A study from the French myelodysplasia group12 analyzed ESA outcomes (epoetin or darbepoetin), with or without growth colony stimulating factor (G-CSF), in 403 MDS patients with anemia. Based on the International Work Group (IWG) 2000 criteria, the hematologic response rate was 62% with a median duration of 20 months. Based on the IWG 2006 criteria, the hematologic response rate was 50% for a median duration of 24 months. IPSS low- or intermediate 1 (int-1)-risk was associated with significantly higher response rates and longer response durations. In comparing outcomes for low vs. int-1 risk subsets with anemia between those treated (N=284) and a historical cohort of untreated patients (N=225), multivariate analysis showed a significant association between treatment with ESAs and survival outcomes.

A phase II study13 evaluated darbepoetin (given Q 2 weeks for 12 weeks), with or without G-CSF (added at 12 weeks in non-responders). The lower risk IPSS group with anemia and sEpo levels < 500 mU/mL had hematologic response rates of 48% at 12 weeks and 56% at 24 weeks. This study also showed QOL improvements among patients with responding disease.

The data is more limited regarding the effectiveness of ESAs in the treatment of anemia in lower-risk patients with del(5q). Retrospective studies from the French MDS group reported hematologic response rates between 46% and 64% with median response duration of 11 months (mean duration, 13-14 months) in patients with del(5q) treated with ESAs, with or without G-CSF.12 Duration of response in these patients was significantly decreased compared to patients without del(5q) (mean duration, 25-27 months). Multivariate analysis showed del(5q) was a significant predictor of a shorter response duration with treatment per the French group.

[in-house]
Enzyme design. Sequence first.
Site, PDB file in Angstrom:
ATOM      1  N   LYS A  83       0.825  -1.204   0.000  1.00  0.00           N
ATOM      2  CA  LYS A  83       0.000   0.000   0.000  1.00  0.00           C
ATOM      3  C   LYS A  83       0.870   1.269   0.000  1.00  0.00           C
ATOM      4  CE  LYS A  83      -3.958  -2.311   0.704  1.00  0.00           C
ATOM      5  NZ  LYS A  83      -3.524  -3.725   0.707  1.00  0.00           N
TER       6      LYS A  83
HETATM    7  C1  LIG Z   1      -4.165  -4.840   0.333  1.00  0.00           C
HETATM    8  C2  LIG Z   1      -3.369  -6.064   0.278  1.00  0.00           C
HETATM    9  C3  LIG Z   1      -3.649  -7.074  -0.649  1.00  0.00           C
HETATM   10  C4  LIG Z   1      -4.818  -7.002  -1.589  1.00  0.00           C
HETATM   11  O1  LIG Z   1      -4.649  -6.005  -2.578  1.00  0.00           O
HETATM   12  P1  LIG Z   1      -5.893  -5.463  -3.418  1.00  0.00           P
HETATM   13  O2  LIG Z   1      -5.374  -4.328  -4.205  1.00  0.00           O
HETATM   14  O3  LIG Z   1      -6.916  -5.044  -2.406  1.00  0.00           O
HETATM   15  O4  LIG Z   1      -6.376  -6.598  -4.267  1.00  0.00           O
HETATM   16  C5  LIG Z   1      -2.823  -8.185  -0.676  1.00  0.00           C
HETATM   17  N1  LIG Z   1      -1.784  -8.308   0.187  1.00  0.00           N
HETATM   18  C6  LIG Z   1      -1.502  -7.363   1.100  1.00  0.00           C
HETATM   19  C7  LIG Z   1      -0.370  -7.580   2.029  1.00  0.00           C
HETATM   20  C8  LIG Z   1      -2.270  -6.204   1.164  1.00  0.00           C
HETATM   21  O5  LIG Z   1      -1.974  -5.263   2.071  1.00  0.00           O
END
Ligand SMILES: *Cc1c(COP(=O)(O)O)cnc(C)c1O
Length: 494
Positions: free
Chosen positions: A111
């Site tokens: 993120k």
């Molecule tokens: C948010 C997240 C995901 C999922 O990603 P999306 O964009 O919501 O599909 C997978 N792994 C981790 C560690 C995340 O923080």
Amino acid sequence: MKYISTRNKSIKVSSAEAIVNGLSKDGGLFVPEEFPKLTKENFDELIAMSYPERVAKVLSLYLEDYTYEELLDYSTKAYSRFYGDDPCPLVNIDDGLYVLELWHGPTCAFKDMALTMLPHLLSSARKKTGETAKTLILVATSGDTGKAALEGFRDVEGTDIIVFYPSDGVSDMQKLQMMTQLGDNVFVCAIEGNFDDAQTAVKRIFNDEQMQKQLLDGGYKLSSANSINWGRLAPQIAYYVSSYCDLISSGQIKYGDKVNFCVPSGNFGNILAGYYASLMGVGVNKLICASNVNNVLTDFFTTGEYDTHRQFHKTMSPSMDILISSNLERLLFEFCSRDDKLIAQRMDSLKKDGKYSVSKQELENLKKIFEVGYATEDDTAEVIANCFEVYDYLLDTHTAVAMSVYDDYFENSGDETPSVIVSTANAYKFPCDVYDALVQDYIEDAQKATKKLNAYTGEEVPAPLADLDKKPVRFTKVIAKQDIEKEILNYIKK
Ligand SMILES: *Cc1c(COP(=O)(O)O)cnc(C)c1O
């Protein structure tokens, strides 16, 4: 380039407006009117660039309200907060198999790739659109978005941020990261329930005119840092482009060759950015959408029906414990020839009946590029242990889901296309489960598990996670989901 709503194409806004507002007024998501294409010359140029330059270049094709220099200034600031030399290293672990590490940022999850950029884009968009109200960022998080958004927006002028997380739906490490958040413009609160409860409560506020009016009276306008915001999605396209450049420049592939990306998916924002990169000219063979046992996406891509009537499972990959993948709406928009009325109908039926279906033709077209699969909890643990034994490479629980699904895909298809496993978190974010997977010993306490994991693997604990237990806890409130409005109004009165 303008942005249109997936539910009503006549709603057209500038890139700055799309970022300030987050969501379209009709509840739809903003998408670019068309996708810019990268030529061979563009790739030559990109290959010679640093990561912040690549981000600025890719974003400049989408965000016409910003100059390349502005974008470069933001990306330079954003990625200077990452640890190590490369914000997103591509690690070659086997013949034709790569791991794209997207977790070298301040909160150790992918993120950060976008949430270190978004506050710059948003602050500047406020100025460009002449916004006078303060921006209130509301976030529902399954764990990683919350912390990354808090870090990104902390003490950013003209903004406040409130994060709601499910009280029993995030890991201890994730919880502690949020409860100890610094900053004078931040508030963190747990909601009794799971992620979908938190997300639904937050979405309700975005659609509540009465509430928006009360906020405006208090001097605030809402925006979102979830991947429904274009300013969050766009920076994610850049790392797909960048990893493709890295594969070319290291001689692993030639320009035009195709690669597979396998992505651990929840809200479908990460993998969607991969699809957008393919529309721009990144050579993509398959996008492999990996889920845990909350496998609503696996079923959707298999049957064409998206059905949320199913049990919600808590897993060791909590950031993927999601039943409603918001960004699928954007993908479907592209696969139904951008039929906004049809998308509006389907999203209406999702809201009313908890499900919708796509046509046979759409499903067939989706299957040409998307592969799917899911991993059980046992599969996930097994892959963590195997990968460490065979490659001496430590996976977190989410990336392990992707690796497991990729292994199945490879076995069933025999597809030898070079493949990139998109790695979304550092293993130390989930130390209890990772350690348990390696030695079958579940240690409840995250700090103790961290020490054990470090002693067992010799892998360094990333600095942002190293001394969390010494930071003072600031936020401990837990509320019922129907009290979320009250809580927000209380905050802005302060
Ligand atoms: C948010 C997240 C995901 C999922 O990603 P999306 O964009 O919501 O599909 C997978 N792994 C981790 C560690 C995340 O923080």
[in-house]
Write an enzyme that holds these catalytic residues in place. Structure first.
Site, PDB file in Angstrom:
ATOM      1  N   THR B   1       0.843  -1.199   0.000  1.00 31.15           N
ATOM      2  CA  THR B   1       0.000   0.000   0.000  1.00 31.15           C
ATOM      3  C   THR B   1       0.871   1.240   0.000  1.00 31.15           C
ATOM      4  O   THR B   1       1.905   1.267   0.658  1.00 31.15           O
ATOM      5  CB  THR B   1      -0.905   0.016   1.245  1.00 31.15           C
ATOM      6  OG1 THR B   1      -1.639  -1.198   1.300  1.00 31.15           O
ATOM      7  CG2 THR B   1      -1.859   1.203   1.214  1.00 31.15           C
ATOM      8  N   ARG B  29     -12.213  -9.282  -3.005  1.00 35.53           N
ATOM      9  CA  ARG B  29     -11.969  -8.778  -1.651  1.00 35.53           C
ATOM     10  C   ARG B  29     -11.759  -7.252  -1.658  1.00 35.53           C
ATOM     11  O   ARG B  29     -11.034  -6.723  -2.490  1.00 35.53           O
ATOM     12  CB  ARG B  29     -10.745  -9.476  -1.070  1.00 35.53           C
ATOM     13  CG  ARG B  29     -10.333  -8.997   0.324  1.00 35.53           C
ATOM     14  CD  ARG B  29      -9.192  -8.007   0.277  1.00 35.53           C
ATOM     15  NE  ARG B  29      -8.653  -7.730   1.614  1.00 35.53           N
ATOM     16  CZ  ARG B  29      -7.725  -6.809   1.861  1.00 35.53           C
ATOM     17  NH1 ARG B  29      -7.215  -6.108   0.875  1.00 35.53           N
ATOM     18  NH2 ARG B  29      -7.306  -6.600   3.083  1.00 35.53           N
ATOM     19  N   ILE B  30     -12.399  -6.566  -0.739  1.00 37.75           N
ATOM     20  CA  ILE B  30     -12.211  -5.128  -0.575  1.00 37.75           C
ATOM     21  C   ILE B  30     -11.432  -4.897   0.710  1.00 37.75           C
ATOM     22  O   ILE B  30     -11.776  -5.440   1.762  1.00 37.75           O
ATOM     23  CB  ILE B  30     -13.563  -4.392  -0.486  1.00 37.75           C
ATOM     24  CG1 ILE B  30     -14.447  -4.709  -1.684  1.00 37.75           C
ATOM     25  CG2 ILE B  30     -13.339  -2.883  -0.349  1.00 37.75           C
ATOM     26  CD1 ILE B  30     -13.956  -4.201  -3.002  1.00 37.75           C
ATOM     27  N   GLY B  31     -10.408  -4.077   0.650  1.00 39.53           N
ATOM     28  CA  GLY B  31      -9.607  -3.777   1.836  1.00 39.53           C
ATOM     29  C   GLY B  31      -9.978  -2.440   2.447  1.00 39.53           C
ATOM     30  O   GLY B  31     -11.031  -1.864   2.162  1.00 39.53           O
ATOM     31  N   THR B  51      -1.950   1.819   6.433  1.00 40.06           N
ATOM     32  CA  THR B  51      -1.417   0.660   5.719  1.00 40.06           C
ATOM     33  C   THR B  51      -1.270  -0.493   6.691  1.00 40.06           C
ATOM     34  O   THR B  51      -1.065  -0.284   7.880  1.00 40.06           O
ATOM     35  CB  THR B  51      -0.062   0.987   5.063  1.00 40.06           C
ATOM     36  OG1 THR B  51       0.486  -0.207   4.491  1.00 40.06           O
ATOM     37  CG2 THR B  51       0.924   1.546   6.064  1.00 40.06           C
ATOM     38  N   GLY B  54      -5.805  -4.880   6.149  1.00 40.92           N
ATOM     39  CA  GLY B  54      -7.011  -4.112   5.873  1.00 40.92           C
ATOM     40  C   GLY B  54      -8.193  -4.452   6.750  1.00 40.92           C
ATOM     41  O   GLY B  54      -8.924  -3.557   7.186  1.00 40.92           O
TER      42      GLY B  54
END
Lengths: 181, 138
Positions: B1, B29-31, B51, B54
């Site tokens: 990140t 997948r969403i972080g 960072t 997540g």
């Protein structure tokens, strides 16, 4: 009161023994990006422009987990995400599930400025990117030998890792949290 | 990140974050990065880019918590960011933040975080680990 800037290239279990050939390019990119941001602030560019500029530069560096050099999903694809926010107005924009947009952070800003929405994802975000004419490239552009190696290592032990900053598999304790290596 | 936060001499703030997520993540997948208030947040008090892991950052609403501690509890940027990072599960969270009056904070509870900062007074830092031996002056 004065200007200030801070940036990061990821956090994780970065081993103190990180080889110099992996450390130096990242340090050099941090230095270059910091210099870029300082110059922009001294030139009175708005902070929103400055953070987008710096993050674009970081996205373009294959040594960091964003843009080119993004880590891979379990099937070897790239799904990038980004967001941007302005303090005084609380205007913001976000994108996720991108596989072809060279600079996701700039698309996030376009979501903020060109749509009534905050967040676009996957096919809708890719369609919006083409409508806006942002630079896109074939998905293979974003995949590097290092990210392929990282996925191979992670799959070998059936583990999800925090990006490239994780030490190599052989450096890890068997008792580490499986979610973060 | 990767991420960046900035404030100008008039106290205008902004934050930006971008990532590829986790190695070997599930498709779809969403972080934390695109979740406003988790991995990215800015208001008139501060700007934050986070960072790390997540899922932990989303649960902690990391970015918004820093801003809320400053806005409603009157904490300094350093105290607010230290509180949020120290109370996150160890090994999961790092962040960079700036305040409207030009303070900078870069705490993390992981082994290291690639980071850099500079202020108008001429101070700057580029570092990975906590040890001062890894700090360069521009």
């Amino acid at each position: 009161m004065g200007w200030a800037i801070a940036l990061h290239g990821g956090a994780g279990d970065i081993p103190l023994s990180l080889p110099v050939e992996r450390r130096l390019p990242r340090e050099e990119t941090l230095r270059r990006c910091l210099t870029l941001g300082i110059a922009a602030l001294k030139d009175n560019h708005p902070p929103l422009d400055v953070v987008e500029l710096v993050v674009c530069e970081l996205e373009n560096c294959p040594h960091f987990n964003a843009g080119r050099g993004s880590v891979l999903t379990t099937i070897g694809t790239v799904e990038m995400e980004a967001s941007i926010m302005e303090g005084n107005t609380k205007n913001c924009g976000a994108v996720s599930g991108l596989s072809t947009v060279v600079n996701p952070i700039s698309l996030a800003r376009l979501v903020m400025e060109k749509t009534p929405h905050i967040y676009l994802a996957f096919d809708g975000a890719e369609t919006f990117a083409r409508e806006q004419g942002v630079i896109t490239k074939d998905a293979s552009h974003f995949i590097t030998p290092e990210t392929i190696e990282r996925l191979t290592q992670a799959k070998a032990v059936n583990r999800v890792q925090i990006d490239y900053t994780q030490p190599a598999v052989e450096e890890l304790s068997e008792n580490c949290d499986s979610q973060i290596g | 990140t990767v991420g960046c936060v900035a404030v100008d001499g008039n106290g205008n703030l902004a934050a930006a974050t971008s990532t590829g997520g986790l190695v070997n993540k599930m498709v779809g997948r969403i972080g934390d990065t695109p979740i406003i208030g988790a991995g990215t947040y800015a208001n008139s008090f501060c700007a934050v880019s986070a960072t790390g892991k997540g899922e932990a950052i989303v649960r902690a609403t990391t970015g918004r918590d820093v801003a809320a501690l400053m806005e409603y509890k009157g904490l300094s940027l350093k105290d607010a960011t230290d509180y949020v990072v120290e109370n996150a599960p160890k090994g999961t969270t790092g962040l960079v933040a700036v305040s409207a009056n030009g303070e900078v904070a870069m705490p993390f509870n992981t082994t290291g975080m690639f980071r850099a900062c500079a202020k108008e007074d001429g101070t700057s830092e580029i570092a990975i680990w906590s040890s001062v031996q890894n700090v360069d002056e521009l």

The 2021 NCCN guidelines14 call attention to the fact that the FDA alerts issued in 2007 and 2008 related to observed increased mortality and possible tumor promotion and thromboembolic events did not involve analysis of MDS patients receiving ESAs. The guidelines note that ESAs have been used safely in large numbers of adult MDS patients and have an important role in improvement of anemia related symptoms related to MDS, often with a decrease in blood transfusion requirements. Studies assessing the long-term use of EPO with or without G-CSF in MDS patients have not shown a negative impact on survival or AML evolution when compared to randomized controls or historical controls.